An Amusing Error

In checking the spelling of "ghetto" for my previous post, I searched for "getto" (good thing I checked) and came up with this Urban Dictionary entry:

The more Getto verions [sic] of "Ghetto" for those who are too poor to afford the silent "H"


Texan99 said...

A charming aspect of English is that our words come from so many different languages, which gives us lots of contradictory pronunciation systems. Hard and soft "g"-sounds get me every time! If the word comes from the Latin/French direction, you can be sure it's g-as-in-got if it's followed by a, o, or u but g-as-in-genuine if it's followed by i or e. So if you want a hard g sound followed by i or e, you've got to put an h in there, or sometimes a u, as in "sanguine." Same for c. If the word comes from the German side, that doesn't work, as in the hard g in "get." I never know what to do with a word with Greek roots like hegemony. A Google search tells me a Brit uses a hard g, but an American uses a soft one.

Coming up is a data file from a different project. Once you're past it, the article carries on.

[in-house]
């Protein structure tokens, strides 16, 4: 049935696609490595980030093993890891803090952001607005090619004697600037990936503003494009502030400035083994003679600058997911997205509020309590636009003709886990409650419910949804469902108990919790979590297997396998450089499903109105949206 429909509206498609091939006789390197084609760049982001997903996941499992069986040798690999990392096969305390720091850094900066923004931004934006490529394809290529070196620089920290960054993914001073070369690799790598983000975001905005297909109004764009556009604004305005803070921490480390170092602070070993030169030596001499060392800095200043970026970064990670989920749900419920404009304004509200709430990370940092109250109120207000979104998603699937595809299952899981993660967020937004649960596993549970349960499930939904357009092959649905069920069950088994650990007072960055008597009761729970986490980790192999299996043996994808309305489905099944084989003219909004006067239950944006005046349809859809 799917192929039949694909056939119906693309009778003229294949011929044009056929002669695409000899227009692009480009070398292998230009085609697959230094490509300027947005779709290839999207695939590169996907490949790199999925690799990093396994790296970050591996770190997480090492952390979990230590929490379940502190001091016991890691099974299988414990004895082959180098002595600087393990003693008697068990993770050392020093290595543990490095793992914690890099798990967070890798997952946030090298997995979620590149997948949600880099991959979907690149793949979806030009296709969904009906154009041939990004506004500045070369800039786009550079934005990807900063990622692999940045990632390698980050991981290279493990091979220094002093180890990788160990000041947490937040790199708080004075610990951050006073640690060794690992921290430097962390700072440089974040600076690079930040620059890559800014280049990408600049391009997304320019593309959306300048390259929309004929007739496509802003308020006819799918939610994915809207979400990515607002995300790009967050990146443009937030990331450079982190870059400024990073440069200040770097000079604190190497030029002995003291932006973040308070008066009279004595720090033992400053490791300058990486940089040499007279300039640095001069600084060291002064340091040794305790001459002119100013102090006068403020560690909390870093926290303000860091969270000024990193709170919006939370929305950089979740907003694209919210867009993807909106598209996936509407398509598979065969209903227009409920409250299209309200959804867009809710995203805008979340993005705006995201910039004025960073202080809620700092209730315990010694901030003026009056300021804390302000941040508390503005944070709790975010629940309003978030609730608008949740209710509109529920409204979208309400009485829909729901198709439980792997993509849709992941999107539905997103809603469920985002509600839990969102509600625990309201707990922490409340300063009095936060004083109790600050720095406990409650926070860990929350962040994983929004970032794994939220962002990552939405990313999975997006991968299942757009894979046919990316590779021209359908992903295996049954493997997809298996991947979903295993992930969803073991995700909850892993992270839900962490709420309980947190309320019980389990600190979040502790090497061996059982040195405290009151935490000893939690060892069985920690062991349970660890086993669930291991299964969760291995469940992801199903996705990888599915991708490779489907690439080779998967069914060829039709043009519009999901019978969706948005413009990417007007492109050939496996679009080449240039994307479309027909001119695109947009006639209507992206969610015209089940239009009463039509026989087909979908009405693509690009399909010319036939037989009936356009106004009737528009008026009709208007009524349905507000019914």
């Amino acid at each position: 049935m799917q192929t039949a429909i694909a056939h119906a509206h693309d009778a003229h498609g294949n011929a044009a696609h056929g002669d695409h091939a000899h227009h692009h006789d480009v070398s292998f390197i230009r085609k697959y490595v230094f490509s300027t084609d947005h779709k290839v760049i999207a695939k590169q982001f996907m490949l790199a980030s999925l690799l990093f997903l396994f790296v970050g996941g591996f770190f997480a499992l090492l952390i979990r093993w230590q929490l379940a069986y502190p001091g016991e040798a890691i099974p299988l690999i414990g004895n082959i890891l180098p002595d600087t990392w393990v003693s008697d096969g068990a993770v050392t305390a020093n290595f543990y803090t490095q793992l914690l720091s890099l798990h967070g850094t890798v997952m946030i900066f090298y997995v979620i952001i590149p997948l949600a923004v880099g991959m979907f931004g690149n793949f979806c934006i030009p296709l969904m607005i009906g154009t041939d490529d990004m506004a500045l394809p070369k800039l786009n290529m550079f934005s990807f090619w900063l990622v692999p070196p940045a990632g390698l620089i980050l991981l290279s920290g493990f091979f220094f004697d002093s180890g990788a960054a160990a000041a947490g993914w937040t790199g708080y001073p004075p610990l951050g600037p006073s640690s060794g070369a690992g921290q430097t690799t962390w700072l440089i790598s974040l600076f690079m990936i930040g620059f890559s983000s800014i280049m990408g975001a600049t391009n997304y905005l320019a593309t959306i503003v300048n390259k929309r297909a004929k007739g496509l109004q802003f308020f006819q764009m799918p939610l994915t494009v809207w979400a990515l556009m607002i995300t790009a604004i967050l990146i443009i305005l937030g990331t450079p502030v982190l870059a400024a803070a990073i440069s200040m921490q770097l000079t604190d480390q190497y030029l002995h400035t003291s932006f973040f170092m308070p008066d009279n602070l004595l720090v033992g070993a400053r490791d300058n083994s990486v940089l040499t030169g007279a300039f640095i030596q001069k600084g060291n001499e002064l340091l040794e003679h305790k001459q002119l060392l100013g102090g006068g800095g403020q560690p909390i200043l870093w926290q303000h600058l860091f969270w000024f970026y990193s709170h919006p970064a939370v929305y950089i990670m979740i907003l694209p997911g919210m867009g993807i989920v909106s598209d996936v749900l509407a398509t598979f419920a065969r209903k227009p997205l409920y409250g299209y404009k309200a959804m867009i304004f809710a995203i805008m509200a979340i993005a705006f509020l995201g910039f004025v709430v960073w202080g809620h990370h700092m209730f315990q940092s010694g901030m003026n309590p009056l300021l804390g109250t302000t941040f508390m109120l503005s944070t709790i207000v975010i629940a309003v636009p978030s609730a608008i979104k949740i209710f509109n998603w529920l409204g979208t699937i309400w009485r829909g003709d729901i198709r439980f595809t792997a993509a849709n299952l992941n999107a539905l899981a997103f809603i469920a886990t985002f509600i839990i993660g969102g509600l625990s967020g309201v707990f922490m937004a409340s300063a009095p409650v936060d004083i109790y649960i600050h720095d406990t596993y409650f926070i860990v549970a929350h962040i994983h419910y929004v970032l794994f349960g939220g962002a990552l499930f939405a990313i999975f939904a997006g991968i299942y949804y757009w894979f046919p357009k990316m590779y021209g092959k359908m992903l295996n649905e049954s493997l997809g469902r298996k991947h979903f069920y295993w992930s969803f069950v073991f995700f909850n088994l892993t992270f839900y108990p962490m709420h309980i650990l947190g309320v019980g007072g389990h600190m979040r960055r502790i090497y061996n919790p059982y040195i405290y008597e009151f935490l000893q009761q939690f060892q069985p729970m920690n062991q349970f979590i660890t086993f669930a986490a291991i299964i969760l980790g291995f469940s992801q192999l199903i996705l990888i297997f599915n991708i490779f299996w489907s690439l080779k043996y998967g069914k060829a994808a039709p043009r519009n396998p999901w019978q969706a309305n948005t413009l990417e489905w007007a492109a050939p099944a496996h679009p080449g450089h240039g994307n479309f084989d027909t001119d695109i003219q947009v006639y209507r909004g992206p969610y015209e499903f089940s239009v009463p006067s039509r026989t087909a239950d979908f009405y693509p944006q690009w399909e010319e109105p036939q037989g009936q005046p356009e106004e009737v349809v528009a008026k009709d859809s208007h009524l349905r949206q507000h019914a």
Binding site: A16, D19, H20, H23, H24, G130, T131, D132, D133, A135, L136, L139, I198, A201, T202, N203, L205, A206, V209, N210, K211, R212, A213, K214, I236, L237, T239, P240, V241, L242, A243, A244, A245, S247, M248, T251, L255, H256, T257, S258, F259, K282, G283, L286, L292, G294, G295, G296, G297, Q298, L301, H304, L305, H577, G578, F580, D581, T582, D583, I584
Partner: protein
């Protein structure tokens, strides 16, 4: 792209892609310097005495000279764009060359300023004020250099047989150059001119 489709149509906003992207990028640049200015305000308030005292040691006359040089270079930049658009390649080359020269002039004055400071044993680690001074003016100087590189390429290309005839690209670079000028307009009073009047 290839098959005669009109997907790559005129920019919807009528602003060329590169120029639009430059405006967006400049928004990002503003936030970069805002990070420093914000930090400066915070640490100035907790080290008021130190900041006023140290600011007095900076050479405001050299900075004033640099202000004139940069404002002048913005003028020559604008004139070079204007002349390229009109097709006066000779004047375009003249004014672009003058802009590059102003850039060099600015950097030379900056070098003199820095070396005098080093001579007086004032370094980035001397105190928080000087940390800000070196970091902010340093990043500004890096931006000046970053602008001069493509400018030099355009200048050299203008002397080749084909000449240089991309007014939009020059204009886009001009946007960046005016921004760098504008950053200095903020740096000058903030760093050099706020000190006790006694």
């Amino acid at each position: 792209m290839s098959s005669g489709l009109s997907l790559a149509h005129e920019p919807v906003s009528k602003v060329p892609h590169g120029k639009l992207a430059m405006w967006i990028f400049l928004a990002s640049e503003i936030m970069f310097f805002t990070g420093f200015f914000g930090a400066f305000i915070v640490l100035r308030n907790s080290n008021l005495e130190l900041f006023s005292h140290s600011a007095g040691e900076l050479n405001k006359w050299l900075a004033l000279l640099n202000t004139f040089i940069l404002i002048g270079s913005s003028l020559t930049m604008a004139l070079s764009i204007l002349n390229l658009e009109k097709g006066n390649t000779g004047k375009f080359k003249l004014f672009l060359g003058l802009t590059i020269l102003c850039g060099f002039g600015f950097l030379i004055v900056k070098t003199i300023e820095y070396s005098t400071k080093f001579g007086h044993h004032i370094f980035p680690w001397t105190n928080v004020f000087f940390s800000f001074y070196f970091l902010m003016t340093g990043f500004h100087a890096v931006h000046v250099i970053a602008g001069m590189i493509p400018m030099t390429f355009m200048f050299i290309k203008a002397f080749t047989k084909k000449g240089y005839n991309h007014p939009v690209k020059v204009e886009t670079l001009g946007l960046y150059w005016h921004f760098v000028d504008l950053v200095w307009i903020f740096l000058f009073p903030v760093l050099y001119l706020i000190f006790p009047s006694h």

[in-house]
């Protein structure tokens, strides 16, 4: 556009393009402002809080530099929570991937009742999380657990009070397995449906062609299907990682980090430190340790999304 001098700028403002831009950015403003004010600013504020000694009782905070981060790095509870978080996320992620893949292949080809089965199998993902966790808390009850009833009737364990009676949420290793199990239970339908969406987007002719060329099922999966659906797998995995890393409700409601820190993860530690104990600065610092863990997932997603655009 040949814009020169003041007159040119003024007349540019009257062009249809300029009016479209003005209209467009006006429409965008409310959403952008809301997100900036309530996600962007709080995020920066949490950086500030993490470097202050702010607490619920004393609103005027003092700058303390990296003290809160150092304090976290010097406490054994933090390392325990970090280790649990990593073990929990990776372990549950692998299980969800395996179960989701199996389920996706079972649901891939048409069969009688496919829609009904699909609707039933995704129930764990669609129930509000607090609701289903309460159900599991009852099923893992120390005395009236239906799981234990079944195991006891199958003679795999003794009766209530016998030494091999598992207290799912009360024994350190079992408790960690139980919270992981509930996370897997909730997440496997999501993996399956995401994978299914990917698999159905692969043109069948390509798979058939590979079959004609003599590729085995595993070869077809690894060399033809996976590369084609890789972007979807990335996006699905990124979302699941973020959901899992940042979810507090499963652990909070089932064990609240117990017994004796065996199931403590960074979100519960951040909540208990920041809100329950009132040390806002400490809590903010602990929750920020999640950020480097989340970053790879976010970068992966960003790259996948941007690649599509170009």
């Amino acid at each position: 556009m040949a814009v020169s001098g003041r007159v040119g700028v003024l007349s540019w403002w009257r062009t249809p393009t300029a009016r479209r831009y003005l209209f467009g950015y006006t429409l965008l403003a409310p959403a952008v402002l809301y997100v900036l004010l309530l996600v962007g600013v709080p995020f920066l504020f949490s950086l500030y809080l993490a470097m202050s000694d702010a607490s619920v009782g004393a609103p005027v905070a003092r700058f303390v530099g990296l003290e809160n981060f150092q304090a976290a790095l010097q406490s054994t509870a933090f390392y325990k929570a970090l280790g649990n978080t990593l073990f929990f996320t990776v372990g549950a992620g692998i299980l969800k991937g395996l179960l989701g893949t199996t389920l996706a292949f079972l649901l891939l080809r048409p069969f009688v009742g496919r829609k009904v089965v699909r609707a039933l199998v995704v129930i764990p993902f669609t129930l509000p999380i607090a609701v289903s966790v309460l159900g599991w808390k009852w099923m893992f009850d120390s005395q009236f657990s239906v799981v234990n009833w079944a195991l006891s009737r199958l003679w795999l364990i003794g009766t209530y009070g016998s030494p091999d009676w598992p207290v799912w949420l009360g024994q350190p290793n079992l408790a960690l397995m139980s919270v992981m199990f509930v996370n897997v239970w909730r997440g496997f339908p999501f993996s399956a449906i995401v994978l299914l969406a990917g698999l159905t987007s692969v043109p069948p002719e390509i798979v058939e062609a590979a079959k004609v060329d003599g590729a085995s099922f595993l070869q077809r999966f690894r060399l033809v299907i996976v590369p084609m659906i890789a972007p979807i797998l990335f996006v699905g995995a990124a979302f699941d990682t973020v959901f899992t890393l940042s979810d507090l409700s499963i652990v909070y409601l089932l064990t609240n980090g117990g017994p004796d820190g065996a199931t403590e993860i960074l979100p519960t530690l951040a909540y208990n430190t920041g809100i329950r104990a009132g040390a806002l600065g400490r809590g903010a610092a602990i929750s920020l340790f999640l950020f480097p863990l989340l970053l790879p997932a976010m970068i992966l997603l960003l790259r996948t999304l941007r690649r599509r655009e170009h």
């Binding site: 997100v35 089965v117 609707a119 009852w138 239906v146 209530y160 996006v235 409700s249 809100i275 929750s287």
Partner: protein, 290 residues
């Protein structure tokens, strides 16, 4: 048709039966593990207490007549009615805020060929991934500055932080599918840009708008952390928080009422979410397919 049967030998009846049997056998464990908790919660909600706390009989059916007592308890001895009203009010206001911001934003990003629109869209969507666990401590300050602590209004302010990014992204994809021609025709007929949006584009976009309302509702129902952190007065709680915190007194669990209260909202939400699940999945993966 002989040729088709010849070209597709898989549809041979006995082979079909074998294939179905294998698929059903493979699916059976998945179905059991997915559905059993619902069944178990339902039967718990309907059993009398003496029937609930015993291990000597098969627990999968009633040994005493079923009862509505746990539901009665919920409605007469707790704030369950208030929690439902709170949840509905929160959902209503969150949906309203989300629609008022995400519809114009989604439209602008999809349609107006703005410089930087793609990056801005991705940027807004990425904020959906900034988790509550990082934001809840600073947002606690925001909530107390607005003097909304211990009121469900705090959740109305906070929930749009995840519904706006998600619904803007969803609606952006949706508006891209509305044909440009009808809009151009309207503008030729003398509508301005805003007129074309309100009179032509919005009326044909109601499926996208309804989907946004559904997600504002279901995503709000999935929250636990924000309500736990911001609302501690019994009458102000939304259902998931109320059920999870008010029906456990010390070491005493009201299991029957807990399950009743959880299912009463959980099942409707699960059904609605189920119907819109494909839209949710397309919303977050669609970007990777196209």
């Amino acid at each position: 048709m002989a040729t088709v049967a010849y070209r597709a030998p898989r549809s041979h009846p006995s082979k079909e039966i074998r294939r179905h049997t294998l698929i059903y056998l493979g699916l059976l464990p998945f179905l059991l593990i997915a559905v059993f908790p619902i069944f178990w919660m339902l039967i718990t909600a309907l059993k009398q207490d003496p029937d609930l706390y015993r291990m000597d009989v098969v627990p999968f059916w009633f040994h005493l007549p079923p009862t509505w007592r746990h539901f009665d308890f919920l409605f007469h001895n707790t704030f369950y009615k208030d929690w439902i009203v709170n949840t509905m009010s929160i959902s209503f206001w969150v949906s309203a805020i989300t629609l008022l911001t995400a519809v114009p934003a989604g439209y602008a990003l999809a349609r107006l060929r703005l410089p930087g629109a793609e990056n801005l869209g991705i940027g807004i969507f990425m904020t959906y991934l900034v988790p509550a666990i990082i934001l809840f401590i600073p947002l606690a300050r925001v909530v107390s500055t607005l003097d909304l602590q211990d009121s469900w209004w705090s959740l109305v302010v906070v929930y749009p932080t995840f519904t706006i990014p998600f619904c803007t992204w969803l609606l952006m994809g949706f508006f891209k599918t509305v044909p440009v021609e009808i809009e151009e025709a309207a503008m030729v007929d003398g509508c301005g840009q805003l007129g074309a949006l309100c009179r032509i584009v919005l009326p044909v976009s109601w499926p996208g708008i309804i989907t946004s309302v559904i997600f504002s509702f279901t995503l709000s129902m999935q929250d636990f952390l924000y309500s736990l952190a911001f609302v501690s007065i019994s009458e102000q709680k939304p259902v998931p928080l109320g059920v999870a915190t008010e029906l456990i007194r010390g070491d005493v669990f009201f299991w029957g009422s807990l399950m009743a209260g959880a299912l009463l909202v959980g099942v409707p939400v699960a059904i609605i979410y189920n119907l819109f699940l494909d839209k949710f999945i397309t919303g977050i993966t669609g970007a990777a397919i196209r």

Every time I type "zucchini" I have to stop and think about it. The Italian rule is to add an h to make the c (or g) hard. So for "ghetto," think "spaghetti," which would be spah-jetty if you left out the h. Zuccini would be zoo-chee-nee. And then do you double the c or the n? I have to remember that Italian uses "ini" as a dimunitive, not "inni."

I have no idea how Latin is supposed to be pronounced. I gather Church Latin is one thing and classical Latin another.

Grim said...

Well, rather, Church Latin is one thing and academic Latin is another. The rules for pronouncing "classical" Latin were rewritten by German scholars, which is why "Veni, vedi, vici" is pronouced "Wenny, weedy, wichi" in the schoolhouse. It's not that we have some real reason to believe that Caesar spoke in that way.